Temperature in the last 1000 years
The temperature data from Greenland ice cores is a good starting point:
The zero point of temperature is the 1950 temperature.
You can see the Medieval Warm Period around 1000 AD, and the Little Ice Age around 1600 AD. The graph shows that it was warmer around 1000 AD than it is now. Since no fossil fuels were being burned in 1000 AD, the Medieval Warm Period must have been due to natural causes, and if this graph is really correct, it leads naturally to the suggestion that possibly natural causes are at work again. There has, however, been some controversy about the Little Ice Age and the Medieval Warm Period, as well as considerable controversy about the temperature in the last 20 years.
Before taking up these controversies, we have to consider the sources of temperature data for the last 1000 years. Since 1994, we have had satellites in orbit whose specific purpose was to gather data on temperature. Before that, going back to 1864, there have been ground stations measuring local surface temperatures with thermometers. But if we want temperature data going back more than 150 years, we certainly don't have records of thermometer measurements, and we must rely on "reconstructions" of temperature from other "proxies". A proxy is some other quantity (for example ratios of one kind of oxygen isotope to another in air bubbles trapped in ice), which depends on temperature in a known way, and has left some measurable trace.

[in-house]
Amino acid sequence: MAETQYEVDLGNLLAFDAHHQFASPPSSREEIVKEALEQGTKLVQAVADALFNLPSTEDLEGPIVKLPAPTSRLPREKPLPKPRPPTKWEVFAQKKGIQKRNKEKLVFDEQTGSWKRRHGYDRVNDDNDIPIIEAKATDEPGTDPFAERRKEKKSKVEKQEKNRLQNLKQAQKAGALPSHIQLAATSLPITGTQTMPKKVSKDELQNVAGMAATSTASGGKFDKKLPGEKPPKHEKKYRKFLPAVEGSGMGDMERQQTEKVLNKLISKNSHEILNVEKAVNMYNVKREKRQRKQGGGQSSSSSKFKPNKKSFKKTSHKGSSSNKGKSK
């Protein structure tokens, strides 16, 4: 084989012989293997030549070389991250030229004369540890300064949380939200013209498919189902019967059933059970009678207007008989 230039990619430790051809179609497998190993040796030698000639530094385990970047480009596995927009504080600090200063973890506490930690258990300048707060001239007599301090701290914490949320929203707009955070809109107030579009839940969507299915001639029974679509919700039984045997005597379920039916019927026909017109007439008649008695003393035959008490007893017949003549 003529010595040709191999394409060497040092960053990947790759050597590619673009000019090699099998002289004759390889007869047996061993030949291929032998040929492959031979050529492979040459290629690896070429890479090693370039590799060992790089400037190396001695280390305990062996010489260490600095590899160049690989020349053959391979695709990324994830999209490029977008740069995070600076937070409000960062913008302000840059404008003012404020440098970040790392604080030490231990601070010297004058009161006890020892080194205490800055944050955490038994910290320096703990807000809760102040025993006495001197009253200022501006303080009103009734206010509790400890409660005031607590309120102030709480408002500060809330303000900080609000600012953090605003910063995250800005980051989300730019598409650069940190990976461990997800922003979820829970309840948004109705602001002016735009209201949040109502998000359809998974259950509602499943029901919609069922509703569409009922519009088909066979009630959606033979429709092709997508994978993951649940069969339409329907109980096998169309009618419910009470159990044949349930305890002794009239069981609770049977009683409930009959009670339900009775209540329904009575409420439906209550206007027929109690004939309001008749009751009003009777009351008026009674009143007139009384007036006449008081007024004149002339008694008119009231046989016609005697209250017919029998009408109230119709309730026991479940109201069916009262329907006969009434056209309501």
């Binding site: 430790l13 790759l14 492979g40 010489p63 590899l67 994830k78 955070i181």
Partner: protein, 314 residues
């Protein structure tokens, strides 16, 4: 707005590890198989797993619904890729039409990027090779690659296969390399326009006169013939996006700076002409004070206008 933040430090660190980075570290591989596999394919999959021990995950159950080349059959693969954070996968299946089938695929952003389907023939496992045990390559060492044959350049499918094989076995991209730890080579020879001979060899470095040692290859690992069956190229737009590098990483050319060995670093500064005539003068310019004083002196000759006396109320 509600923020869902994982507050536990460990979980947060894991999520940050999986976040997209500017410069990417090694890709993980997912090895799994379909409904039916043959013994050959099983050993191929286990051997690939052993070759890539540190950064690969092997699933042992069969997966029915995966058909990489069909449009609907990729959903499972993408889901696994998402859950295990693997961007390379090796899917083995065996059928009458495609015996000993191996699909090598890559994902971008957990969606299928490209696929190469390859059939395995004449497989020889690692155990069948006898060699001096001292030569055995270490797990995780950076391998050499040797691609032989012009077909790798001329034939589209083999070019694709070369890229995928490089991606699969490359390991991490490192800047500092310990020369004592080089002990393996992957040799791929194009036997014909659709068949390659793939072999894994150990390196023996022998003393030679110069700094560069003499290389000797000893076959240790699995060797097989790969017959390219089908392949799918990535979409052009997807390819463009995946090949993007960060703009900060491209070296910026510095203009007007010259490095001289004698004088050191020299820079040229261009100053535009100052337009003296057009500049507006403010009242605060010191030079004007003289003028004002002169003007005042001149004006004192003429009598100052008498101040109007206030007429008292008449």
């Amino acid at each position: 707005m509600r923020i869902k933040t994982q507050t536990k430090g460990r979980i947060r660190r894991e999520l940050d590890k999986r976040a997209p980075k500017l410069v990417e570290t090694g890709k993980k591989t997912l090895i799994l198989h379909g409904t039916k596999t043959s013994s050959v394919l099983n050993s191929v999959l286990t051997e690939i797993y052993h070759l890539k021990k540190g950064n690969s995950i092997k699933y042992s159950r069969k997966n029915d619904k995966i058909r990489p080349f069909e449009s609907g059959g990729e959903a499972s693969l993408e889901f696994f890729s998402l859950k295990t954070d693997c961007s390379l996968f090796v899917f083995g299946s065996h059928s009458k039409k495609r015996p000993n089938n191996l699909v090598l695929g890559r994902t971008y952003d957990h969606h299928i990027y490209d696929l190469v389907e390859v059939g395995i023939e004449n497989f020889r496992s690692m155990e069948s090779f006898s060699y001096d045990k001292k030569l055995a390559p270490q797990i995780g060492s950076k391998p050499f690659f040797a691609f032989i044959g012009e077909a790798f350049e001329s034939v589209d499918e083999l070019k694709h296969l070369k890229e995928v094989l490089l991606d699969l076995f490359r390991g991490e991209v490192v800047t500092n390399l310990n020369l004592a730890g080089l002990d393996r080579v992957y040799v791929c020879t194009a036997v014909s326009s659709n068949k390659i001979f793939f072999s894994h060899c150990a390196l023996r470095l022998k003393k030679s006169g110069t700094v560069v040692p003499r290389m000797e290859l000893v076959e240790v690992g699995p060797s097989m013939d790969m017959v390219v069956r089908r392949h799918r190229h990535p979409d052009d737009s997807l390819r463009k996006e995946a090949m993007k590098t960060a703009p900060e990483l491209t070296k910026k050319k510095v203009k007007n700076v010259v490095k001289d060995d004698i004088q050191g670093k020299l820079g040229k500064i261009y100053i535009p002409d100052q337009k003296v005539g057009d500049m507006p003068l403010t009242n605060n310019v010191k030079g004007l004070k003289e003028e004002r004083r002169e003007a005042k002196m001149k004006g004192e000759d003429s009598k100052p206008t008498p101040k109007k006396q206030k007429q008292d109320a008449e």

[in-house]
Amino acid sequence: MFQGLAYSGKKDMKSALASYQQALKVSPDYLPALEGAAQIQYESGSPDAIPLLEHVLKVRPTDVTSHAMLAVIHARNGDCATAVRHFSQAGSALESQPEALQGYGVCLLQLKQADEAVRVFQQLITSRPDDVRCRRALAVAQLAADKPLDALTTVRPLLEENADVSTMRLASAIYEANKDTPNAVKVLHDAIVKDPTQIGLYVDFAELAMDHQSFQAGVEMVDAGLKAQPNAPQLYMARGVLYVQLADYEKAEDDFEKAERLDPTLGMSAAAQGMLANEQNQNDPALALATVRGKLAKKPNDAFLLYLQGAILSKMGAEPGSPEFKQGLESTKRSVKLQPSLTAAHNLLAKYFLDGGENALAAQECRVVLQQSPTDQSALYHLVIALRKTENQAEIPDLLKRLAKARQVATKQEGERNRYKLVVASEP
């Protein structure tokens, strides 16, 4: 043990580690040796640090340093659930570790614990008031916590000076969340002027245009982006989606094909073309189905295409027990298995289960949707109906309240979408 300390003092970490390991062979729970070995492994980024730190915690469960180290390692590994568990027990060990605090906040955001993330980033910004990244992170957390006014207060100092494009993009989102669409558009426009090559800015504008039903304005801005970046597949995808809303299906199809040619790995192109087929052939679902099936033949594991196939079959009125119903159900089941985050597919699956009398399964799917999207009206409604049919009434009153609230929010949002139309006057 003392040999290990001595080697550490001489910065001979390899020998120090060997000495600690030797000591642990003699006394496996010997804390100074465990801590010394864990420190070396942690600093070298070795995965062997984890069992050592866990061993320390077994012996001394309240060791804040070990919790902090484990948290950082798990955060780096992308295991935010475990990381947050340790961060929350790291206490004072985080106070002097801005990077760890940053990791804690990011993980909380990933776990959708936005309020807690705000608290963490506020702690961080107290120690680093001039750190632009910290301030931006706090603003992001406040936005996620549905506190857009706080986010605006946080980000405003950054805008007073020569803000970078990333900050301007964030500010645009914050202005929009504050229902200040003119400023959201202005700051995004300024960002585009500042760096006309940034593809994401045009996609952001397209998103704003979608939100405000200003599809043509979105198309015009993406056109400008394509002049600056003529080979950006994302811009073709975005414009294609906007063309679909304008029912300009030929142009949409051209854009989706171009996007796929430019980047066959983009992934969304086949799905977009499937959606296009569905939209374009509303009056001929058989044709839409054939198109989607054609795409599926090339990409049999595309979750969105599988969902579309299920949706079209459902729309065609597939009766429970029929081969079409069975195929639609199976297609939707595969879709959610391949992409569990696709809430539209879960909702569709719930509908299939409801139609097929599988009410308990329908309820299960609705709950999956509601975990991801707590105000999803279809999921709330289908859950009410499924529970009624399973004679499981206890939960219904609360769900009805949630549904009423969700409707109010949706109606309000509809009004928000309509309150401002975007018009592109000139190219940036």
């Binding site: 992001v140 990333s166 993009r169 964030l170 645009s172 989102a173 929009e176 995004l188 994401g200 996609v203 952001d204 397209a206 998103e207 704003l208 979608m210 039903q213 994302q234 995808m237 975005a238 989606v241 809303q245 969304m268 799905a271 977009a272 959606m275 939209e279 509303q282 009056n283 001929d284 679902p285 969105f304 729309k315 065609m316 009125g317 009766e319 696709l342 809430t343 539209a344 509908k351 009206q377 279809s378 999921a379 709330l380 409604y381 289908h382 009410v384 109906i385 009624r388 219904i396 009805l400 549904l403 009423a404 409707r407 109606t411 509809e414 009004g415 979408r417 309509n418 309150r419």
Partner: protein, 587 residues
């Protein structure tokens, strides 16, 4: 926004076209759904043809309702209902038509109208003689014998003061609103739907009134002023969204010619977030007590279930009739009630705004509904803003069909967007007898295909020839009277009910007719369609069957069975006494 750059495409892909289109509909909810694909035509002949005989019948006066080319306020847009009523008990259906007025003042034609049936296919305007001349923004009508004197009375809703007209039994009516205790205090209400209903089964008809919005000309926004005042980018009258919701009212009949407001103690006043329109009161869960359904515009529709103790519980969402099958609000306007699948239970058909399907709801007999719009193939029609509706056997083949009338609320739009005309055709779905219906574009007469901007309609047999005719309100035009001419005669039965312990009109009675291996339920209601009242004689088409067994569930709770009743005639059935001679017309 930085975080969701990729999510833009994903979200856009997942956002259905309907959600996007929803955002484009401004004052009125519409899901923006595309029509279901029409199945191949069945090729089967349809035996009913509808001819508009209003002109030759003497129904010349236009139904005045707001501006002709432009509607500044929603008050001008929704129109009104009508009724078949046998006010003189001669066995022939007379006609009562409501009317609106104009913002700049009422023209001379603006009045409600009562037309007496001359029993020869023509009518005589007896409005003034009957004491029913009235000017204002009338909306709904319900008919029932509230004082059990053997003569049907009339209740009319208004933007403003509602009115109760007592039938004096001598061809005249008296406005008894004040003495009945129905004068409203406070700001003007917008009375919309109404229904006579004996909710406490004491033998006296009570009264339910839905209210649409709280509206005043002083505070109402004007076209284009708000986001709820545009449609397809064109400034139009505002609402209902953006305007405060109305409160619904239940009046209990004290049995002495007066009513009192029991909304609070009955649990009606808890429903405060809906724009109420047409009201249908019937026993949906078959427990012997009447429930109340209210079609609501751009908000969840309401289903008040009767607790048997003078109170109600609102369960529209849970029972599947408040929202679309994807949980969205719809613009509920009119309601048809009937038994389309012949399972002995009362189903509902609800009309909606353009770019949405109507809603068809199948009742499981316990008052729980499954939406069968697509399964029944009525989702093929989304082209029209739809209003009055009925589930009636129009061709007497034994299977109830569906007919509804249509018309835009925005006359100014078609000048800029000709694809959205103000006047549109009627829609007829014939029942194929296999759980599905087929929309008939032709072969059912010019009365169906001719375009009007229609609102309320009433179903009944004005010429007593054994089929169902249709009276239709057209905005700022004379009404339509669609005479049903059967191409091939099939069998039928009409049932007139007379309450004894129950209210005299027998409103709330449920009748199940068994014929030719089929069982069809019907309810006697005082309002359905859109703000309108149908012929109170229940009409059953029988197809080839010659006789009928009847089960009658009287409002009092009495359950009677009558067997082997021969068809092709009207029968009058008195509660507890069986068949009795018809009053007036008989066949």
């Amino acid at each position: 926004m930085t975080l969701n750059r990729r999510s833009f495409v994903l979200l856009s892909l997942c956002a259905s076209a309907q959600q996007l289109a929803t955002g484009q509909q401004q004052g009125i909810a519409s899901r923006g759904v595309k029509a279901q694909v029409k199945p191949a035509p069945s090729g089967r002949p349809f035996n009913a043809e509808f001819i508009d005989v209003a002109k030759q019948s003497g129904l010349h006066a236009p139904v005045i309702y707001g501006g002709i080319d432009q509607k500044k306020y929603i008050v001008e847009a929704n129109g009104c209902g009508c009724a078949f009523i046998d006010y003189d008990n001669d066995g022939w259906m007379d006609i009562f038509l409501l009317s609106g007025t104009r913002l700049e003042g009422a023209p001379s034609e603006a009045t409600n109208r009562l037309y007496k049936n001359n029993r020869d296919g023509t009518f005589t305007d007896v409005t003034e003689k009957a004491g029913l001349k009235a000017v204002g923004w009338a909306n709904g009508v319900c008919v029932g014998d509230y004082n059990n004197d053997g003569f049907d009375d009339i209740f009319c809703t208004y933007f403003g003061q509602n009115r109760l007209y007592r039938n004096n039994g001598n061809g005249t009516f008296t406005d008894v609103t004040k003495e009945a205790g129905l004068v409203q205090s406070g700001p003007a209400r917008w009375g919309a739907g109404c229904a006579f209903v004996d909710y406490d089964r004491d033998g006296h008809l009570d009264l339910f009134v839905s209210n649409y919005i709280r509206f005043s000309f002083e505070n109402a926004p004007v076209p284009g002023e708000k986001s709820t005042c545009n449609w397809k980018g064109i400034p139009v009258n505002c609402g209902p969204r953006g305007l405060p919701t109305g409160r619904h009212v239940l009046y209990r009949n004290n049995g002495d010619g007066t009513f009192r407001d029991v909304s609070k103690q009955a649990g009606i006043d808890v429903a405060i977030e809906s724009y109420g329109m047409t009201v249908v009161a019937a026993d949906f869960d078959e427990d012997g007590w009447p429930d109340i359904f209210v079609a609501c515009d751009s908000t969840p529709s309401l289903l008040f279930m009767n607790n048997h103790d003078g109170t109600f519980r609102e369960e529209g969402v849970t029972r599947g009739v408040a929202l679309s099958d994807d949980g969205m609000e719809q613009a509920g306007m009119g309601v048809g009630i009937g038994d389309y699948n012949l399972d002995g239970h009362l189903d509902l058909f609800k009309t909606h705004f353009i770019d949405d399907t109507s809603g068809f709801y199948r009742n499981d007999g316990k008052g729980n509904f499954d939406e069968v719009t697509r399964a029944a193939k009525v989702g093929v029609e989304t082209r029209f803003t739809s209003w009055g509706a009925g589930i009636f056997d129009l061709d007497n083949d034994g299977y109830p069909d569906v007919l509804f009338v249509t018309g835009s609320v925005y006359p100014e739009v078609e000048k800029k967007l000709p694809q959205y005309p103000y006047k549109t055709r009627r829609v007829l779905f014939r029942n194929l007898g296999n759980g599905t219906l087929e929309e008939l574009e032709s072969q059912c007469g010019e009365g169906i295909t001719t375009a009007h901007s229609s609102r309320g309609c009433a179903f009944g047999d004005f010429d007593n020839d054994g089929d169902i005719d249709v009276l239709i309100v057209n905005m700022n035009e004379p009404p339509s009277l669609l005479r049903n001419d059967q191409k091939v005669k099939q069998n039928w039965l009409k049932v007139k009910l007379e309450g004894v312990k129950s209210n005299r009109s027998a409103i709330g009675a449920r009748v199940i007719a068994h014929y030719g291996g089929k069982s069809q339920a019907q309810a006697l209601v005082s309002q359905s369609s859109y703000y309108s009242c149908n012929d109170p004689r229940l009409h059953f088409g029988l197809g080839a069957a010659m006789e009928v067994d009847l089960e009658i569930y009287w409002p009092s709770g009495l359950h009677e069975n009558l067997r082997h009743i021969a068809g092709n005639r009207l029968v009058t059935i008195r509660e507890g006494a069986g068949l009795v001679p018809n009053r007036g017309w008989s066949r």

Here is a graph (taken from the Wikimedia Commons) of ten different reconstructions of temperature over the last 1000 years. The black line starting in 1864 is not a reconstruction, but is instrumental data. Note that the graph stops in 2000 and none of the reconstructions goes past 1995. There is no reason to be interested in proxies for temperature past 1994, when we have both ground stations and satellites. The zero point of the temperature scale is the 1961-1990 average, which is some 0.2 degrees higher than the 1950 temperature that serves as the zero point for the first graph.
The reconstructions used, in order from oldest to most recent publication are:
Documentation for the most recent update of the CRU/Hadley instrumental data set appears in: P.D. Jones and A. Moberg (2003). , Journal of Climate, 16: 206-223.
Copyright: The original version of this figure was prepared by Robert A. Rohde from publicly available data and is incorporated into the Global Warming Art project.
DiscussionIt is confusing that the zero point is not the same on both graphs. The first one has its zero at the 1950 temperature. The second one follows the IPCC convention and takes the zero point to be the 1961-1990 average. That is perhaps 0.2 degrees higher than the 1950 temperature. Even so, the second graph is not showing temperatures as high as the first one during the Medieval Warm Period; and it does not show that the temperature in 1000-1100 was ever as high as in 2000. Why is there no data for the Greenland ice core data in the second graph? It is based on the accurate proxy of oxygen isotope ratios in trapped air bubbles; the atmosphere mixes enough that these isotope ratios measure global temperature and not just Arctic temperature. I haven't seen anyone arguing about the accuracy of the oxygen-isotope proxy. So was it, or wasn't it, as warm in 1050 AD as it is now? A second point of controversy about the Medieval Warm Period is whether it was, or was not, global. Perhaps only some parts of the world were warm then. These questions need to be considered together, as the way to investigate them is the same: Scientists go to some particular location and take data on some particular proxy, and arrive at the conclusion that at that place, the temperature during the Medieval Warm Period was such-and-such. We are in the process of compiling the results of these investigations.